The HKE department, in collaboration with the Rhodes University Health Suite got involved in the Trading Live for Mandela week in 2013: the residents from Cullen Bowles House were taken through the a well-structured and carefully designed training program that focused on teaching them how to exercise effectively using nothing more than their body weight. Fifteen students from the department ran four stations for their 67 minutes, with the program being thoroughly enjoyed by the participating residence. This year, the department will offer seven different events to the public, which include a similar training program, a workshop on basic pilates, a workshop on how to structure an appropriate training program, a talk on how to understand and treat “clogged” arteries and the health implications of using commercially available supplements. You can see the full program at the following:
Over the past two decades the Department of Human Kinetics and Ergonomics has become increasingly involved in performing Ergonomics consultancies both in small/medium enterprises, as well as international companies around South Africa. HKE staff have also hosted Ergonomics workshops as far as Botswana and Namibia.
During the regular school visits throughout the year, learners are given a "hands-on" preview into the scientific discipline of anaysing human responses in various situations, such as in sporting activities, working environments and rehabilitation of injured athletes and workers.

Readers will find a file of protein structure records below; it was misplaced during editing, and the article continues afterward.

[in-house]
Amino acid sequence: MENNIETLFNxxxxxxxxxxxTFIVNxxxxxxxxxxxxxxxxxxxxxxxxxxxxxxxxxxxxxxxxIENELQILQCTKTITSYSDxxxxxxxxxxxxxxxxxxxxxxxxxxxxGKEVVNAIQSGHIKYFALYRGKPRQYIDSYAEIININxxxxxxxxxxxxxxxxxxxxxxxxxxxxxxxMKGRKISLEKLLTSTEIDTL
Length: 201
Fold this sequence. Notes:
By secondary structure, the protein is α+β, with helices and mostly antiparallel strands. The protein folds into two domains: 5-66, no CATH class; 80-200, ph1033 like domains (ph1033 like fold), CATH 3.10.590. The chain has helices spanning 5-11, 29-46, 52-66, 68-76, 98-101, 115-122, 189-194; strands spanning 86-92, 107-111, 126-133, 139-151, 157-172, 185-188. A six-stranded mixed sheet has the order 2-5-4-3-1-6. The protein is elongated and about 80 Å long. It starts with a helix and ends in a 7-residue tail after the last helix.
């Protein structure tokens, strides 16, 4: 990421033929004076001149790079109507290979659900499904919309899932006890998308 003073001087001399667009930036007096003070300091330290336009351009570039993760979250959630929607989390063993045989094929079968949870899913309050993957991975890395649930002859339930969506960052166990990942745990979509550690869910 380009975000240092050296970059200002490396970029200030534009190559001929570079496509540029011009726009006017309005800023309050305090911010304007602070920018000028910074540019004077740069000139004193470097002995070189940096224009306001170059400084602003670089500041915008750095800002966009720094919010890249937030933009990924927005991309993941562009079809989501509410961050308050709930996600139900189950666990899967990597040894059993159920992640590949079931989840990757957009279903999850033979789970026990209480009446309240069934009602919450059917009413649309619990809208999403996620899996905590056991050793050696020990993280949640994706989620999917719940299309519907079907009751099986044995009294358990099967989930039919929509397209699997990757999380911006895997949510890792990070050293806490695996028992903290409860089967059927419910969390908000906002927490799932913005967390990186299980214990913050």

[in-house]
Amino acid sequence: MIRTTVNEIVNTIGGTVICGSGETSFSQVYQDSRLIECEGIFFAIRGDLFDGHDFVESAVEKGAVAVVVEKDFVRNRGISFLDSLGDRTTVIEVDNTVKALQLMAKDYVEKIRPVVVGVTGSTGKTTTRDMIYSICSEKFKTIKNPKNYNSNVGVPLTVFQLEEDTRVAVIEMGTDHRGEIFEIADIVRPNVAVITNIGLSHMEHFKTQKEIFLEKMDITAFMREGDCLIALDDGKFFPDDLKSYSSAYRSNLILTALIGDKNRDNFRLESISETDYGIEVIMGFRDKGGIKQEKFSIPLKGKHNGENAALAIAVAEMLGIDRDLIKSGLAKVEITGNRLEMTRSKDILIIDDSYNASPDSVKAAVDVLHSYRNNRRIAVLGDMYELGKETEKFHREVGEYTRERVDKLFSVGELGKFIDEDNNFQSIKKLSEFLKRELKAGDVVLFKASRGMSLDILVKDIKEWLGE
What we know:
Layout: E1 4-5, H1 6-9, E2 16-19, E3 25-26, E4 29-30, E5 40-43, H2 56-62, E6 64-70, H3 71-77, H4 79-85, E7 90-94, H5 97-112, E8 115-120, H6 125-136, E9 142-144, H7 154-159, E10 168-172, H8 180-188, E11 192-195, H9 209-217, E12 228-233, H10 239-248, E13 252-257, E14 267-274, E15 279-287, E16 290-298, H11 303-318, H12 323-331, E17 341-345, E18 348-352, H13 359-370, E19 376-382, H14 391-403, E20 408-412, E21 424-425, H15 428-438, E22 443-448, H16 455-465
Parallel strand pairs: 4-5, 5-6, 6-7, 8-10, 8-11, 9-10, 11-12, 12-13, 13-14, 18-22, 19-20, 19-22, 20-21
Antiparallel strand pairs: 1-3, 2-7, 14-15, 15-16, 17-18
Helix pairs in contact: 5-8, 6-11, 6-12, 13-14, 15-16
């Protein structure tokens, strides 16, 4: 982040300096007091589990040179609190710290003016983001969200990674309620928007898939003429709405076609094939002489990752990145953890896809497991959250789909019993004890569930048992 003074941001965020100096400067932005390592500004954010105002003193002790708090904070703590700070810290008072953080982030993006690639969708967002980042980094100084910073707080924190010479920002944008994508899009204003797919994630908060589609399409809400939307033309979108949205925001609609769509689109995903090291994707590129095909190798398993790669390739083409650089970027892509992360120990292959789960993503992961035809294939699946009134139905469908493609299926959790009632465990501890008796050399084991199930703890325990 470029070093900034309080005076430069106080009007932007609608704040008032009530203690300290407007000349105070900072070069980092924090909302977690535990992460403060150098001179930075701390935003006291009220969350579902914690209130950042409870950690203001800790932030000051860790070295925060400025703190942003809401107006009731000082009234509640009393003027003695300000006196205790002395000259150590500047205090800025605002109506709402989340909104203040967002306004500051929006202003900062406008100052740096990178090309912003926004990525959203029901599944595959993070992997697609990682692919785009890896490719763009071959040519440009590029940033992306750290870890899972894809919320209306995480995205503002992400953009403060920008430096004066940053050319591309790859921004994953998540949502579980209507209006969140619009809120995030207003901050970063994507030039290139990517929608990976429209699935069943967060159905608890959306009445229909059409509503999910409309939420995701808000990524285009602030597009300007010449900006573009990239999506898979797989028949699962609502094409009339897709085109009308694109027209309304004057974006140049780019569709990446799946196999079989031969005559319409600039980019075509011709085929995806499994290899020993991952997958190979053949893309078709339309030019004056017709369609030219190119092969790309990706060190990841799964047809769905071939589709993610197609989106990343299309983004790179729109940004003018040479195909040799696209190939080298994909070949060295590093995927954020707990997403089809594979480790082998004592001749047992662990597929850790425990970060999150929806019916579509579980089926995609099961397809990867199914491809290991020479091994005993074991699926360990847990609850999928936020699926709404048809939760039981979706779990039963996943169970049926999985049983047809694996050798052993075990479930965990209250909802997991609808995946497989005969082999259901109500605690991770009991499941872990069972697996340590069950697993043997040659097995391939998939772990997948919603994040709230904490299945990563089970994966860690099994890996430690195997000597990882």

The HKE module for the Introduction to Science Concepts and Methodology (ISCM) is intended to provide the participating students an insight into the field of human kinetics and ergonomics, while at the same time strengthening basic science concepts employed in this field of study using respiratory physiology as the main focus.
Lung discetion (ISCM 2008)
The respiratory system is used in the HKE lecture series to the ISCM students. The anatomy of the lung is demonstrated during a laboratory practical where a cow's lung is dissected by a lab demonstrator who alsopoints out the different areas of the respiratory system and highlights their function.
Last Modified: Mon, 16 Mar 2015 14:41:40 SAST